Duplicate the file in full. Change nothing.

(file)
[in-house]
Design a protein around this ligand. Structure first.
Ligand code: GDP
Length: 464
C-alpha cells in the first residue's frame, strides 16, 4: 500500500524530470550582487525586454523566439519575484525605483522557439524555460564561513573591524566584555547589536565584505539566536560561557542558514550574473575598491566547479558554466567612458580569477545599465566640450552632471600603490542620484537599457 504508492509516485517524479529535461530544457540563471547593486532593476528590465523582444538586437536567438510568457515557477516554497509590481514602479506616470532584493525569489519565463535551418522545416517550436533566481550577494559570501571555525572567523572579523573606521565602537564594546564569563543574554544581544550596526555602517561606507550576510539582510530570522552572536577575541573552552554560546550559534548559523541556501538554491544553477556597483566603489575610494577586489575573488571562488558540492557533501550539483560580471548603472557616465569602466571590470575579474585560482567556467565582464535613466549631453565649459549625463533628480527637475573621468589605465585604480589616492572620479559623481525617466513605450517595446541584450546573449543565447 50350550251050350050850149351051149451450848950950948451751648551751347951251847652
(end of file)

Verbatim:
[in-house]
Design a protein around this ligand. Structure first.
Ligand code: GDP
Length: 464
C-alpha cells in the first residue's frame, strides 16, 4: 500500500524530470550582487525586454523566439519575484525605483522557439524555460564561513573591524566584555547589536565584505539566536560561557542558514550574473575598491566547479558554466567612458580569477545599465566640450552632471600603490542620484537599457 504508492509516485517524479529535461530544457540563471547593486532593476528590465523582444538586437536567438510568457515557477516554497509590481514602479506616470532584493525569489519565463535551418522545416517550436533566481550577494559570501571555525572567523572579523573606521565602537564594546564569563543574554544581544550596526555602517561606507550576510539582510530570522552572536577575541573552552554560546550559534548559523541556501538554491544553477556597483566603489575610494577586489575573488571562488558540492557533501550539483560580471548603472557616465569602466571590470575579474585560482567556467565582464535613466549631453565649459549625463533628480527637475573621468589605465585604480589616492572620479559623481525617466513605450517595446541584450546573449543565447 50350550251050350050850149351051149451450848950950948451751648551751347951251847652